We're intending to install an overhead fan in the area as a finishing touch, but on the two occasions we have experimented in making it fit for purpose it has already felt pretty much perfect. I think I can say, along with Sinead (no relative), I do not want what I have not got - being more than satisfied with what I have. So there.

Sunday, June 22, 2014

Hot Stuff

If you're in any way a Stephen King fan and haven't yet read Doctor Sleep I strongly recommend that you do so. In terms of being a beautifully told story that grips from beginning to end - and the ending is one of the horror maestro's best - it doesn't disappoint. The only thing it doesn't do is to scare the pants off you, in the way its illustrious predecessor did, but that's hardly surprising. I think King rightly avoided a reprise of The Shining. He invents a whole new supernatural apparatus in the form of the True Knot, the villains of the piece, but this remains just that, an apparatus, effectively done but never believable in the strangely unnerving way the earlier novel managed to be.

The Shining worked its magic by seemingly effortlessly combining in a beautifully inter-locking manner, three archetypal ideas-cum-situations. There was the notion of shining in itself, maintained in Doctor Sleep with another youngster who has the gift at the centre of the plot. Then there was the archetypal family tragedy, with the brilliantly realised loving yet abusive father. Given what King has since revealed about his own addictive demons, it's easy to understand how he got the details of Jack Torrance so unerringly right. Dan Torrance's struggles with the demon drink are probably the strongest part of the later novel, but here King looks at the recovering alcoholic, hence the claustrophobic intensity of the earlier work is lost - but obviously deliberately so. This is a different Stephen King writing and it feels right to explore new territory.

But it was the third archetypal aspect of The Shining that took it into a genuinely terrifying space beyond the notion of a kind of crafted apparatus. This was the idea of the Overlook as the Bad Place. The Bad Place doesn't need any kind of rationale or justification. It just is, as we all know. And to have a Bad Place on this scale, the idea of the grand hotel with its strange history, which of course would attract more of the evil to fuel its sheer badness, creating more evidence of its nastiness in the form of all the things that haunted it - well, this just hits the mother lode. Consider the fact that the winter closure of the hotel, leading to the Torrance family being left alone there, is really an obvious contrivance of the plot yet seems entirely natural. It's as if once his premise is established everything falls into place - so you accept even the goofy stuff, like the weird moving topiary, because the Bad Place can do whatever the heck it likes. The epic aspect of the novel - the huge Overlook and its situation both geographically and historically as a peculiarly American hotel - blends seamlessly with the small story of the family destroying itself.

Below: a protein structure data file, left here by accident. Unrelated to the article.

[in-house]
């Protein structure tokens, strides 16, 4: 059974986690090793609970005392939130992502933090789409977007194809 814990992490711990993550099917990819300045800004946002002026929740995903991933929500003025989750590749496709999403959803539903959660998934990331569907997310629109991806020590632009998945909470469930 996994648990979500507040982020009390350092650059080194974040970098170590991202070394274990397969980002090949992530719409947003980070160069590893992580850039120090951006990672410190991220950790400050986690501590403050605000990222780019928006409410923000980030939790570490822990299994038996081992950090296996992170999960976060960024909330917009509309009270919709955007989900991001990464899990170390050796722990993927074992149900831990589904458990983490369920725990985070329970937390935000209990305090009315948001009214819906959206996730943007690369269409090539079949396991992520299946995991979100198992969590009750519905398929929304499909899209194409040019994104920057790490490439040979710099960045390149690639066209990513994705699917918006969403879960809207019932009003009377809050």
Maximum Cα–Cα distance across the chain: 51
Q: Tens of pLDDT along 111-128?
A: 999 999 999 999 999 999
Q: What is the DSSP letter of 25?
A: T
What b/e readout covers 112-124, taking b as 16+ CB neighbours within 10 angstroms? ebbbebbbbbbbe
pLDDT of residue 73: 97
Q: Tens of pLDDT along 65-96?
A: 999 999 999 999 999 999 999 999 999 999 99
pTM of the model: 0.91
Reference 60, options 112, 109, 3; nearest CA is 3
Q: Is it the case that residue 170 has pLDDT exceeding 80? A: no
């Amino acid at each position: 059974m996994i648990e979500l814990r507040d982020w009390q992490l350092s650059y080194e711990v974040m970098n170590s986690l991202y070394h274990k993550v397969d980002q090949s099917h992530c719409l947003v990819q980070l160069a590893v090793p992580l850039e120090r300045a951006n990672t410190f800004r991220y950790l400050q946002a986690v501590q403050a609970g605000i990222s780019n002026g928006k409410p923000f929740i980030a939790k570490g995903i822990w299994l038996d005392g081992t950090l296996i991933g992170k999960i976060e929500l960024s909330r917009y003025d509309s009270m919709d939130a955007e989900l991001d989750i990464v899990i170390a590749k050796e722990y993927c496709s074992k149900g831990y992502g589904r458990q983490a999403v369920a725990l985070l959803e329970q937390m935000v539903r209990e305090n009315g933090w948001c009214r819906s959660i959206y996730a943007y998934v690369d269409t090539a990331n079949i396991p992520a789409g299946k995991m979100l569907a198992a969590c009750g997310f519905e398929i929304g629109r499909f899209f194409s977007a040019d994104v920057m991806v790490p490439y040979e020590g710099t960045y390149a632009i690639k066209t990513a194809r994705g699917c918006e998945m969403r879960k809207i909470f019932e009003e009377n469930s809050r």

Nothing in Doctor Sleep gets close to this, but it's good, I think, that King doesn't try to. There's really no going back. The interest lies in new kinds of story and the new pleasures these might involve. It takes someone as talented as he is, and as extraordinarily imaginative, to recognise this.

Saturday, June 21, 2014

Our Day Out

Just back from a very good day out at Shah Alam in the company of Hamzah & Sharifah & family. In between us eating and drinking copiously, Noi went shopping for wedding stuff with her sister and bride-to-be niece Aziqah - so they obviously had a good time. Hamzah and I enjoyed a major confab about just about everything under the sun, including, of all things, the purpose of education and, more specifically, the IB Learner Profile and its place in that purpose.

I rarely talk at any length these days about education in what might be seen as philosophical terms and it was curiously enlightening to do so - the light in question shining for myself if not for my interlocutor. Hamzah's interest in all this springs from the help he's been giving one of the schools in Malaysia on the IT front with regard to it being at the forefront of the government's plans to develop it as a 'world class' institution. In the process of helping them develop the necessary infrastructure he's become quite a deep thinker with regard to education and its purposes and it was fascinating to discuss these matters with a non-specialist who happens to think cogently and sensibly about them.

It turns out that we are both fans of the afore-mentioned Learner Profile. In fact, in the course of our discussion I came to realise for the first time just how much of a fan I am and precisely why this is so. It's strange to think it's taken me this long to figure out why I do what I do, but there you are. Much of the value in telling someone what you think lies in finding out what you think.

Friday, June 20, 2014

The Wild Side